Investing

Why You Should Invest

money-pile
Image Credit: Frits Ahlefeldt-Laurvig

When people are asked why should or shouldn’t you invest? Responses range from “it’s too risky”, “I do not know how to invest”, “I have no time to monitor”, etc

One of the most common response will be “Investing is too risky”. Is it really risky? Perhaps an alternate viewpoint can be examined before we shed some light on this question:

  1. Is crossing the road risky? Perhaps…if you don’t check the traffic before you cross.
  2. Is driving a car risky? Yes, if you drive without a license. Well, of course, there are always people who drive dangerously even with a license. But going through the course to obtain the license equips you with the knowledge and skills to remain safe on the road.
  3. Is flying on an aeroplane risky? It was not considered risky in the past. But with the recent flight incidents, we might perceive flying as being more risky now than in the past.

What I’m trying to drive at is, everything we do have underlying risks, from crossing the road to taking a plane, but we still do it instead of avoiding it totally. This is because risk management are put in place to monitor the risk, eliminate or if not mitigate the impact of risk. By practising good habits at the individual level, like defensive driving and always checking blind spots, coupled with sound policies from the government, such as requiring a driver to possess a license in order to drive, risk can be managed. Similarly, in investing, good investing practices can be applied at the individual investor’s level, whilst regulatory bodies such as Monetary Authority of Singapore (MAS) or Singapore Exchange (SGX) can develop policies such as allowing purchasing of 100 shares, and also set a minimum share price to prevent incidents such as the penny stocks saga or S-Chips fraud.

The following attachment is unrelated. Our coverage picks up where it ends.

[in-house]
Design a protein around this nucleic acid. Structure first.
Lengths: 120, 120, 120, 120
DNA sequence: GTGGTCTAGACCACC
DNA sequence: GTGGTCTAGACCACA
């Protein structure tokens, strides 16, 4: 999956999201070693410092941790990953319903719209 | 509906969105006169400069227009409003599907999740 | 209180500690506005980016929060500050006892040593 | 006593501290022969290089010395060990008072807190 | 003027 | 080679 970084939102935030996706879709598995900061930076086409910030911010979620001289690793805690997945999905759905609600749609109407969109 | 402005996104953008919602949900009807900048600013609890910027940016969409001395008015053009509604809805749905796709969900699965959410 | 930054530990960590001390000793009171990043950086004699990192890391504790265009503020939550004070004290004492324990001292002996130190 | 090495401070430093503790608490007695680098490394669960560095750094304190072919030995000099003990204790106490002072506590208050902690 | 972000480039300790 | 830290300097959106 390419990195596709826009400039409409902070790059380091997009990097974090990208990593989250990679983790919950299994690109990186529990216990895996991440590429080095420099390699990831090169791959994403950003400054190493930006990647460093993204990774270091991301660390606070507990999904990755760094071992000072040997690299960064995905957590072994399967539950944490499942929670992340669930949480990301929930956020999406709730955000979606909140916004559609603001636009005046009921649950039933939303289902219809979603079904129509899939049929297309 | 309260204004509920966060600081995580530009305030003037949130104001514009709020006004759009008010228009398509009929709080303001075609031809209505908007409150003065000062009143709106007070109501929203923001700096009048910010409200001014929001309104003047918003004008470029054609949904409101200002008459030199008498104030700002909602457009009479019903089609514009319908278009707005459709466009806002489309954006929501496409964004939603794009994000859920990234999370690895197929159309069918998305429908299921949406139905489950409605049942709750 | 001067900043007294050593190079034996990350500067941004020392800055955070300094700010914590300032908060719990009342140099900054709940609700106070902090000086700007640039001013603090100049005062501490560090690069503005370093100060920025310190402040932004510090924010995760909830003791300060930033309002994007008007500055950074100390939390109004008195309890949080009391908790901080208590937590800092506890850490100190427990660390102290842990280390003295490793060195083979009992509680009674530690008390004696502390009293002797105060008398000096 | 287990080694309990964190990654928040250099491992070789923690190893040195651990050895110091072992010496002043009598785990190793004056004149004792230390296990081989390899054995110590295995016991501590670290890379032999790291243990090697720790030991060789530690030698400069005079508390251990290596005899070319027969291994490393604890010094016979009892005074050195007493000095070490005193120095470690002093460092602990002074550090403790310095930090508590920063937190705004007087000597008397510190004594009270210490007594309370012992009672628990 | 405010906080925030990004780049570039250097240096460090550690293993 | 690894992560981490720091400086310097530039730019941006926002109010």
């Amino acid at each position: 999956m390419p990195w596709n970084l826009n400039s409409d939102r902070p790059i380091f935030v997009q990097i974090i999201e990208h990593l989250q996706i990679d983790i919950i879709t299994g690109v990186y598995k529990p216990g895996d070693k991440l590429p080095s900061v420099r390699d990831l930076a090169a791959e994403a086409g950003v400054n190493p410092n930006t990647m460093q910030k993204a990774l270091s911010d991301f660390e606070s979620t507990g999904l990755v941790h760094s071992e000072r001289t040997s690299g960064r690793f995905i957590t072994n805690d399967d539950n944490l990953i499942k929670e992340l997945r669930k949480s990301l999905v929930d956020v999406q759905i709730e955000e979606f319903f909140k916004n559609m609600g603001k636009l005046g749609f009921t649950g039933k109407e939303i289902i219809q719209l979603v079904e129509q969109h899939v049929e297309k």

Another point to note; never confuse risk with volatility. Stock prices can be volatile, moving up and down by a large margin in a single day, without any risk of losing a single cent of its business. However that will require another article to deliberate on.

In investing, there’s a chance of profiting, and there’s a risk of losing. It’s all about getting the necessary information, and determined the likelihood of a desirable outcome.